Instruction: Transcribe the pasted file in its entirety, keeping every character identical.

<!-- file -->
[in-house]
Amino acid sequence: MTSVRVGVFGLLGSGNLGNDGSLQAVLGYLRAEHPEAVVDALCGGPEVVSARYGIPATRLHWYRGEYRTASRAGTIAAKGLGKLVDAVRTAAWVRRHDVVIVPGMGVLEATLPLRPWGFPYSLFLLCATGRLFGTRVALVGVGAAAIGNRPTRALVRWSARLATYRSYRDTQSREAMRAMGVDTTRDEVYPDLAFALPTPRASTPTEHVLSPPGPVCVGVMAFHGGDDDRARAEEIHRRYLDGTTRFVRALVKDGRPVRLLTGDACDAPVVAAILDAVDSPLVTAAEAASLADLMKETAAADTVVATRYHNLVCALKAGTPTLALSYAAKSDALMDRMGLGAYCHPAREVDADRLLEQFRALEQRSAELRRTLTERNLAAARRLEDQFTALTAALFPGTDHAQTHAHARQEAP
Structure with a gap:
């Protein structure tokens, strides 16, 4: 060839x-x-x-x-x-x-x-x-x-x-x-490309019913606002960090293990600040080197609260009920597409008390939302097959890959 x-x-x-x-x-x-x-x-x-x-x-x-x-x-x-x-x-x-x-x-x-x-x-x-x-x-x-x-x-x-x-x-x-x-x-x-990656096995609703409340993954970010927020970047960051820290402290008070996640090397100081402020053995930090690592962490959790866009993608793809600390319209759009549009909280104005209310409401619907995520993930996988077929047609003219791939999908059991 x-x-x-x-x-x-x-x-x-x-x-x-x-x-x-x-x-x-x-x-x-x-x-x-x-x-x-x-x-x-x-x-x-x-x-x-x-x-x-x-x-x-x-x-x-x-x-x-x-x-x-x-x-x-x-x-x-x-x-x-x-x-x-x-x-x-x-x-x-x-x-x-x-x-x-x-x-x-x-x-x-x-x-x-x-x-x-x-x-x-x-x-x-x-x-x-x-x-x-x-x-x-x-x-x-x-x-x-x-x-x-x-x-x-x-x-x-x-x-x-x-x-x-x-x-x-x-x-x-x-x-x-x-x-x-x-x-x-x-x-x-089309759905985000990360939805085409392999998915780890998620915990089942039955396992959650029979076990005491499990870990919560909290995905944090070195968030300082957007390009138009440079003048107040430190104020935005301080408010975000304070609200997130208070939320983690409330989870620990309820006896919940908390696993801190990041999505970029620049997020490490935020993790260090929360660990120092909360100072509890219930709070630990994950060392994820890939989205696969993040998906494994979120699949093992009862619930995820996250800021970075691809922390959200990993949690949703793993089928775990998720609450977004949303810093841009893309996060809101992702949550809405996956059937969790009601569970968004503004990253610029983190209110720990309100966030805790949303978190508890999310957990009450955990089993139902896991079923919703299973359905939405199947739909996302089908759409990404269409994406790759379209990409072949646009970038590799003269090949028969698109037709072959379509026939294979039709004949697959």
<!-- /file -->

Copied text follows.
[in-house]
Amino acid sequence: MTSVRVGVFGLLGSGNLGNDGSLQAVLGYLRAEHPEAVVDALCGGPEVVSARYGIPATRLHWYRGEYRTASRAGTIAAKGLGKLVDAVRTAAWVRRHDVVIVPGMGVLEATLPLRPWGFPYSLFLLCATGRLFGTRVALVGVGAAAIGNRPTRALVRWSARLATYRSYRDTQSREAMRAMGVDTTRDEVYPDLAFALPTPRASTPTEHVLSPPGPVCVGVMAFHGGDDDRARAEEIHRRYLDGTTRFVRALVKDGRPVRLLTGDACDAPVVAAILDAVDSPLVTAAEAASLADLMKETAAADTVVATRYHNLVCALKAGTPTLALSYAAKSDALMDRMGLGAYCHPAREVDADRLLEQFRALEQRSAELRRTLTERNLAAARRLEDQFTALTAALFPGTDHAQTHAHARQEAP
Structure with a gap:
């Protein structure tokens, strides 16, 4: 060839x-x-x-x-x-x-x-x-x-x-x-490309019913606002960090293990600040080197609260009920597409008390939302097959890959 x-x-x-x-x-x-x-x-x-x-x-x-x-x-x-x-x-x-x-x-x-x-x-x-x-x-x-x-x-x-x-x-x-x-x-x-990656096995609703409340993954970010927020970047960051820290402290008070996640090397100081402020053995930090690592962490959790866009993608793809600390319209759009549009909280104005209310409401619907995520993930996988077929047609003219791939999908059991 x-x-x-x-x-x-x-x-x-x-x-x-x-x-x-x-x-x-x-x-x-x-x-x-x-x-x-x-x-x-x-x-x-x-x-x-x-x-x-x-x-x-x-x-x-x-x-x-x-x-x-x-x-x-x-x-x-x-x-x-x-x-x-x-x-x-x-x-x-x-x-x-x-x-x-x-x-x-x-x-x-x-x-x-x-x-x-x-x-x-x-x-x-x-x-x-x-x-x-x-x-x-x-x-x-x-x-x-x-x-x-x-x-x-x-x-x-x-x-x-x-x-x-x-x-x-x-x-x-x-x-x-x-x-x-x-x-x-x-x-x-089309759905985000990360939805085409392999998915780890998620915990089942039955396992959650029979076990005491499990870990919560909290995905944090070195968030300082957007390009138009440079003048107040430190104020935005301080408010975000304070609200997130208070939320983690409330989870620990309820006896919940908390696993801190990041999505970029620049997020490490935020993790260090929360660990120092909360100072509890219930709070630990994950060392994820890939989205696969993040998906494994979120699949093992009862619930995820996250800021970075691809922390959200990993949690949703793993089928775990998720609450977004949303810093841009893309996060809101992702949550809405996956059937969790009601569970968004503004990253610029983190209110720990309100966030805790949303978190508890999310957990009450955990089993139902896991079923919703299973359905939405199947739909996302089908759409990404269409994406790759379209990409072949646009970038590799003269090949028969698109037709072959379509026939294979039709004949697959």